The group noted the inconsistent use, and even absence, of performance management/appraisal processes relating to consultant posts, including a failure to regularly review job descriptions and associated requirements for implementation of same. As a result, it recommended that the HSE National Recruitment Service and the Public Appointment Service immediately commence a job analysis of the role of a consultant to support interview/selection processes. It called for the forthcoming HSE Performance Achievement Process to be structured to take account of the particular needs of consultants and ensure regular review/appraisal of performance and individual needs for effective service delivery. The implementation of this appraisal process has been delayed pending the resolution of the recent consultant court cases, according to the HSE.
While admitting that the process of recruiting and retaining consultants could be improved, IMO President Dr Peadar Gilligan strongly criticises the HSE’s decision not to include ‘pay’ in the group’s terms of reference.
“We spoke to Prof Keane with regards to the document and we said to him that it was frankly ludicrous that he should have been asked to write a document about the challenges in consultant recruitment and yet to have the issue of pay and terms and conditions expressly excluded from the remit of the document,” Dr Gilligan tells <strong><em>MI</em></strong>.
“Now, in fairness to Prof Keane, he did address the issue and felt that it was having a very significant impact on our ability to recruit and retain. But I think it gives one an idea of the challenges for the HSE when they are commissioning documents and deliberately leaving out the major issue that the document should be addressing. To some extent, it was a hugely frustrating document.”
IHCA Secretary General Mr Martin Varley also criticises the document for not addressing the salary issue. “We have clearly set out that the consultant recruitment process itself and the other issues outlined in the Prof Keane report are not the fundamental problems which are causing the prolonged and deepening consultant recruitment and retention crisis, but the combined effects of the decade of contract breaches and the imposition of discriminatory terms on new-entrant consultants,” says Mr Varley.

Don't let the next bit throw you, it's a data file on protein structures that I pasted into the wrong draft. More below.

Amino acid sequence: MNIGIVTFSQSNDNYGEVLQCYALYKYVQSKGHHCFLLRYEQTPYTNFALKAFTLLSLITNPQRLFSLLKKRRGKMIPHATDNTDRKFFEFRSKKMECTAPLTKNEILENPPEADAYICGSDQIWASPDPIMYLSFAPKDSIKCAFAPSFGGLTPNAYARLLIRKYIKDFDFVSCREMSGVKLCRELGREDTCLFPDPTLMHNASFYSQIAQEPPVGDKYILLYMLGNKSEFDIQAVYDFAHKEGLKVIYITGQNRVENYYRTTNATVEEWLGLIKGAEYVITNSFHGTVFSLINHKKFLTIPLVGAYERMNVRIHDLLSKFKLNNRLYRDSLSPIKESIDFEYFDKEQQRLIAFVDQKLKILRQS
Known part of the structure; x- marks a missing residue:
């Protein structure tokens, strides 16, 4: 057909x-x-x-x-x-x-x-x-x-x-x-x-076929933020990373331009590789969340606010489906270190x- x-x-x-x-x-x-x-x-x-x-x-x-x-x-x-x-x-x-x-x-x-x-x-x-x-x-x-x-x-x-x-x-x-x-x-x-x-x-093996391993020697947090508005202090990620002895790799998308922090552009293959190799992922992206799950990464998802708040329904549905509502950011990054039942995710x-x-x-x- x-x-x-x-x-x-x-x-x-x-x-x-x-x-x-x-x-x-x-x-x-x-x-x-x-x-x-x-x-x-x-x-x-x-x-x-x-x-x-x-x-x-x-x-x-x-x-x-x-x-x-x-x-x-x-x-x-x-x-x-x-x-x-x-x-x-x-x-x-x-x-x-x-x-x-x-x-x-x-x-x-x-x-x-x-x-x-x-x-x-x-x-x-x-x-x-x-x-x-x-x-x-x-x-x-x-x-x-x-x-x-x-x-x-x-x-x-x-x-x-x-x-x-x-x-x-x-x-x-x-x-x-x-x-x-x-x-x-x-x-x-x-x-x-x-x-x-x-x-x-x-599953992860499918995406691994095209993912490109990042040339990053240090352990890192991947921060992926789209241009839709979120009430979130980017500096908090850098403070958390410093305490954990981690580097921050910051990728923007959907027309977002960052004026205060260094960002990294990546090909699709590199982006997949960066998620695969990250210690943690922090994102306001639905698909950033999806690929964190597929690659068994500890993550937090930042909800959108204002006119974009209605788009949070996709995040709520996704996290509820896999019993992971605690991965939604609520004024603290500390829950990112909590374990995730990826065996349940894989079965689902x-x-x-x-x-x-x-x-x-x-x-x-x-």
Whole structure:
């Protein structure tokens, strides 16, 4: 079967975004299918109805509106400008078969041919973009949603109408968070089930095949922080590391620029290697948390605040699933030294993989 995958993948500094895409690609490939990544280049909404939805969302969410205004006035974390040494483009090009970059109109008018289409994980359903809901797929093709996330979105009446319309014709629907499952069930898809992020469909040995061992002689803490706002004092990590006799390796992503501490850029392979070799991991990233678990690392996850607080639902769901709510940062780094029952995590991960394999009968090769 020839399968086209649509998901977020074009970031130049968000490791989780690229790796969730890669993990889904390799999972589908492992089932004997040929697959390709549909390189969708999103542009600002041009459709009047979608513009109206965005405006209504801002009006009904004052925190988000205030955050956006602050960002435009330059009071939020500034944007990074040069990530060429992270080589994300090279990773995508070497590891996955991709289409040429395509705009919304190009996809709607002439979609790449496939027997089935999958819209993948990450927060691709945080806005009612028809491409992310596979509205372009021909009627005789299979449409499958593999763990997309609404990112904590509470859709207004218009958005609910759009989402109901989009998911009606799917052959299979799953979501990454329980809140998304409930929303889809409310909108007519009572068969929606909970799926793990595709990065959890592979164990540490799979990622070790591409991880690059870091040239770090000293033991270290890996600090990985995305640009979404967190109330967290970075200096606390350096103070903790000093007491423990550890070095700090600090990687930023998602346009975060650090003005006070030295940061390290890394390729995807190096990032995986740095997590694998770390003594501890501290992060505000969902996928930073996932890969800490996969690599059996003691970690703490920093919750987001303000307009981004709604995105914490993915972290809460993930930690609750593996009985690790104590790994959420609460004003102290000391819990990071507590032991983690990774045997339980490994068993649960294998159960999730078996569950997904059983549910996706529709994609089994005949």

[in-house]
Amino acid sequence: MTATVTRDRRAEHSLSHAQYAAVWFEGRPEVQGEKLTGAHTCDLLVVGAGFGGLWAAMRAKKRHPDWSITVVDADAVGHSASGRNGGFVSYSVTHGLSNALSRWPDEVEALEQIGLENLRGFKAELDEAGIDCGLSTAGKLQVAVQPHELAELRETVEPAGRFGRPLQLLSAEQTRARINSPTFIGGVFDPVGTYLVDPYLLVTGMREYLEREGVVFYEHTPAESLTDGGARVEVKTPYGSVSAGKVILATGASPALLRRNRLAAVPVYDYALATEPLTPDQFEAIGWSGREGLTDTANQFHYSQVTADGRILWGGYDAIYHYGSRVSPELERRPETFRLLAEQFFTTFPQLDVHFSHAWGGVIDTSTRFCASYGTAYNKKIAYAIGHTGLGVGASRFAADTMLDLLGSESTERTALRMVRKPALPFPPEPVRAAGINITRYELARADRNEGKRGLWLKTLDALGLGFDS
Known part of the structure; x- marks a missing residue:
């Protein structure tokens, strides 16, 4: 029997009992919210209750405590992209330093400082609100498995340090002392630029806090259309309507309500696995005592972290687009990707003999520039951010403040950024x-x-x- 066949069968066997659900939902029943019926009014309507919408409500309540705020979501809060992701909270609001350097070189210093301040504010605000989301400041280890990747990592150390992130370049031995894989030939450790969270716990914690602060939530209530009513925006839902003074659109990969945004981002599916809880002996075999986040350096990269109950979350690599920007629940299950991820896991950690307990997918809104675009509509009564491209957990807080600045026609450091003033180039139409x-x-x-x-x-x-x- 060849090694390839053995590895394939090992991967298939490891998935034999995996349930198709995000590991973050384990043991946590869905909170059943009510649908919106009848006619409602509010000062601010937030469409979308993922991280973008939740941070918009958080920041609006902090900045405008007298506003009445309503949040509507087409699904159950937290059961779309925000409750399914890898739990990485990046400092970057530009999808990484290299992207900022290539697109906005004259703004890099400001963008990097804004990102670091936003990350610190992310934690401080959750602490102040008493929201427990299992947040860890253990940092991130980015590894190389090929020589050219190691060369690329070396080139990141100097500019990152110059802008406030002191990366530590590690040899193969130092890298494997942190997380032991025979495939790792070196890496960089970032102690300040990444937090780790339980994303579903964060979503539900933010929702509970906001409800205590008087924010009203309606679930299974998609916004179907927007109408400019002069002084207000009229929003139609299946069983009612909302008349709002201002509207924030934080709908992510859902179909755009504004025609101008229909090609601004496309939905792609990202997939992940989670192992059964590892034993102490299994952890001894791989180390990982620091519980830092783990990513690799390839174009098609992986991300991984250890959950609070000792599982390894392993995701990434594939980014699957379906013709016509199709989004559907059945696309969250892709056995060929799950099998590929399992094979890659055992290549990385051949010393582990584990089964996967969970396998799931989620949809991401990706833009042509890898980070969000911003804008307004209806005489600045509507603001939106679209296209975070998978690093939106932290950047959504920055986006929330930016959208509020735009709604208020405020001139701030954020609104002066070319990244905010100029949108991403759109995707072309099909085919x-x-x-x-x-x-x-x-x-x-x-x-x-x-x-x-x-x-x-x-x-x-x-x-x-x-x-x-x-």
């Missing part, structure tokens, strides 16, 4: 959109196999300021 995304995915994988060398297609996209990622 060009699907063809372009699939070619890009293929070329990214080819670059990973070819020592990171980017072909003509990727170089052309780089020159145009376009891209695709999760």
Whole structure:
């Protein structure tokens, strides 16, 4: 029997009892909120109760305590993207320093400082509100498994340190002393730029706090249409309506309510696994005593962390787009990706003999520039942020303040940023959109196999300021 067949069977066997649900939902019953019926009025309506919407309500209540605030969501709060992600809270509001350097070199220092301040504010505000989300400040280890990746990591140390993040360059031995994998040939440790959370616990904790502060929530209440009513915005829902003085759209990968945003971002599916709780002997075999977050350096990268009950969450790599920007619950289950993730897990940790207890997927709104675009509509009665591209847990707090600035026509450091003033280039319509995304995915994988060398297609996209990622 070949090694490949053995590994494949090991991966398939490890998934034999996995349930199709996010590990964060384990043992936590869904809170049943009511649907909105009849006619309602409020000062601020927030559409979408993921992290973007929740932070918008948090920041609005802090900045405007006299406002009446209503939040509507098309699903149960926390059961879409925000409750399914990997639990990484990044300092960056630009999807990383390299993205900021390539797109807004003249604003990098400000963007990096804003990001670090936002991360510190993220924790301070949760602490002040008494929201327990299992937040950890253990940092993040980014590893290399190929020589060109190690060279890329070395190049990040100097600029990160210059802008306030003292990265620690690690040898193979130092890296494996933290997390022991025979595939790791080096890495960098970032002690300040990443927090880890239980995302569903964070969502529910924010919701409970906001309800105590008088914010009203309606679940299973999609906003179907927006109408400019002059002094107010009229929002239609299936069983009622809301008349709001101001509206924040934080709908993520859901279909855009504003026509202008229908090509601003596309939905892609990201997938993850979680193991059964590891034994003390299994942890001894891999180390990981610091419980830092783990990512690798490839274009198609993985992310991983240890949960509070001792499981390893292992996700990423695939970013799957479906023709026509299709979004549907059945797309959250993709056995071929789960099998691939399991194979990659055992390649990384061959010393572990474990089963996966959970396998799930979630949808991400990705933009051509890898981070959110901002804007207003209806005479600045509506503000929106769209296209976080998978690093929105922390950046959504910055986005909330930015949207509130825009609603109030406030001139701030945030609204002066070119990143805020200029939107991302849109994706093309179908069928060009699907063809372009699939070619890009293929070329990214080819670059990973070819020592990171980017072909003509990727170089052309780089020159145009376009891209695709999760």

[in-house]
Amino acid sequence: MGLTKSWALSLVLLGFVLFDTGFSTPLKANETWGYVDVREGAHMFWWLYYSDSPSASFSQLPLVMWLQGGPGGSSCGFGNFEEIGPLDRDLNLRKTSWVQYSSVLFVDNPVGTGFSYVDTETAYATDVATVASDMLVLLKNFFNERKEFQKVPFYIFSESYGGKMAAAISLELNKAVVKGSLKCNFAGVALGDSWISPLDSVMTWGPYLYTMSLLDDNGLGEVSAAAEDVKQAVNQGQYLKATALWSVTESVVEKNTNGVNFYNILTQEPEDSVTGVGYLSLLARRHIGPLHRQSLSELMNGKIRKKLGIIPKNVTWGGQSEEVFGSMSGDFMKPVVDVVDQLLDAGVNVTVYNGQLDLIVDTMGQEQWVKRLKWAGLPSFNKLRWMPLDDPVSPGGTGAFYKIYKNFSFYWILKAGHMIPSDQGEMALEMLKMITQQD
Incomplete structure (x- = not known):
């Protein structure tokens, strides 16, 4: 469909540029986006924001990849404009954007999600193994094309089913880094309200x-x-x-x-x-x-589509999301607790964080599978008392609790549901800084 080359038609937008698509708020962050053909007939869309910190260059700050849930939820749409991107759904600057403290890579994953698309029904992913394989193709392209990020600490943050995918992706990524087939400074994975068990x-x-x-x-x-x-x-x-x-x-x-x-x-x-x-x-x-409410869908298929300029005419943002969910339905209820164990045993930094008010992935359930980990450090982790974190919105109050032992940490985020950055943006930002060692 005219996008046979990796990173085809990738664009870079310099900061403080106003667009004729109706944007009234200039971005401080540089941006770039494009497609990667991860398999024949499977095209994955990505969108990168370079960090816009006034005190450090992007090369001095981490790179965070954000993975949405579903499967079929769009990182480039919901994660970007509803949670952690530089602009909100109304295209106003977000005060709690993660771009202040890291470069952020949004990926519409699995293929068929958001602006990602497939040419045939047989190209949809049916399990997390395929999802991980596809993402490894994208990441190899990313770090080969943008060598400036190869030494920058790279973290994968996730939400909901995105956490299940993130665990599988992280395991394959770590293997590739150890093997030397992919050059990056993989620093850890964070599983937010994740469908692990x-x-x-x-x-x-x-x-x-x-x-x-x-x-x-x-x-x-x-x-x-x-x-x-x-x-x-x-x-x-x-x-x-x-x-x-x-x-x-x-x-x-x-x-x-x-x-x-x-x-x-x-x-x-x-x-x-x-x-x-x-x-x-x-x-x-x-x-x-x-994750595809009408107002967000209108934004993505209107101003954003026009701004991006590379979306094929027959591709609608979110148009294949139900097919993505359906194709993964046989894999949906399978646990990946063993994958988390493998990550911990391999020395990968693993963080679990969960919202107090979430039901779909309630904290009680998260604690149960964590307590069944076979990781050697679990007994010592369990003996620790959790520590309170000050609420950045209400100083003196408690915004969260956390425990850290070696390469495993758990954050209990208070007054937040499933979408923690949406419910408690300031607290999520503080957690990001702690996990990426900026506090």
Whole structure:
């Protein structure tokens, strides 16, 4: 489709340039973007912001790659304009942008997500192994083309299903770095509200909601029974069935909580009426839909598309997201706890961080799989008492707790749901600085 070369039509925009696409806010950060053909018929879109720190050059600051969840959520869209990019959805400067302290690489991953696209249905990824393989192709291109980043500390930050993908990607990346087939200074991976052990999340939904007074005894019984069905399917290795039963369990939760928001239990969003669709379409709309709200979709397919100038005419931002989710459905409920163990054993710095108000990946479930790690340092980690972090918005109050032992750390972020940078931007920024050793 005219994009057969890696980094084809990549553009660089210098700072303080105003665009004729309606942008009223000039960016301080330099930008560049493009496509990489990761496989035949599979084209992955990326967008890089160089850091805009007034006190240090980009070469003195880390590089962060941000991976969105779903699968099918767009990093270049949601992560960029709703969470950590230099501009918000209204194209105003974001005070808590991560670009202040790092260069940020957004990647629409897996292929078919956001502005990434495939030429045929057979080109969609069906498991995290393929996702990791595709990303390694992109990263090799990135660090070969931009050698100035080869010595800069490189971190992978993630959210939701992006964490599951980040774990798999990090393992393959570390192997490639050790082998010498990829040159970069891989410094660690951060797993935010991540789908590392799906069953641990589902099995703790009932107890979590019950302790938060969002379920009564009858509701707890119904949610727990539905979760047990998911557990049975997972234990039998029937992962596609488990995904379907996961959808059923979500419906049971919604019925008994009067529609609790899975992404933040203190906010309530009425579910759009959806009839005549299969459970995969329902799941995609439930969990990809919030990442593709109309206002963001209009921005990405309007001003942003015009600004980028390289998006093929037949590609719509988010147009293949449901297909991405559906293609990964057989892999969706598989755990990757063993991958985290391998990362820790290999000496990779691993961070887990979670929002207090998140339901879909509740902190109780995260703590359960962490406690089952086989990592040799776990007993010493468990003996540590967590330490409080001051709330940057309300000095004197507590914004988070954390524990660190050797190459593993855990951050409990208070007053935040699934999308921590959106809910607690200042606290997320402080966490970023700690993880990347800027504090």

Prof Keane points out that the document does note that pay is a significant issue.
“Although we did not examine it, we did point out that was a serious issue that had to be addressed,” he says.
Speaking to <strong><em>MI</em></strong>, HSE National Director of Human Resources Ms Rosarii Mannion says Prof Keane’s report was an “excellent document”, but stresses it was only a first step.
“It is going to assist [with the recruitment and retention of consultants]. There is no quick fix to some of these issues. But at least in terms of the document, any of the areas that are set out and highlighted will improve the overall experience.”
Even though the document was only published in late 2016, Ms Mannion says it was something that should be revisited and that more ambitious targets could be put in place.
“It is the first time this was done. It has helped, it has brought more focus and clarity. But it is time to revisit that again now. At all times, we want to be pushing the boundaries and trying get more consultants into the system.”
Ms Mannion adds that the recent High Court settlement should help relations between consultants and health management to move forward on recruitment issues in the future.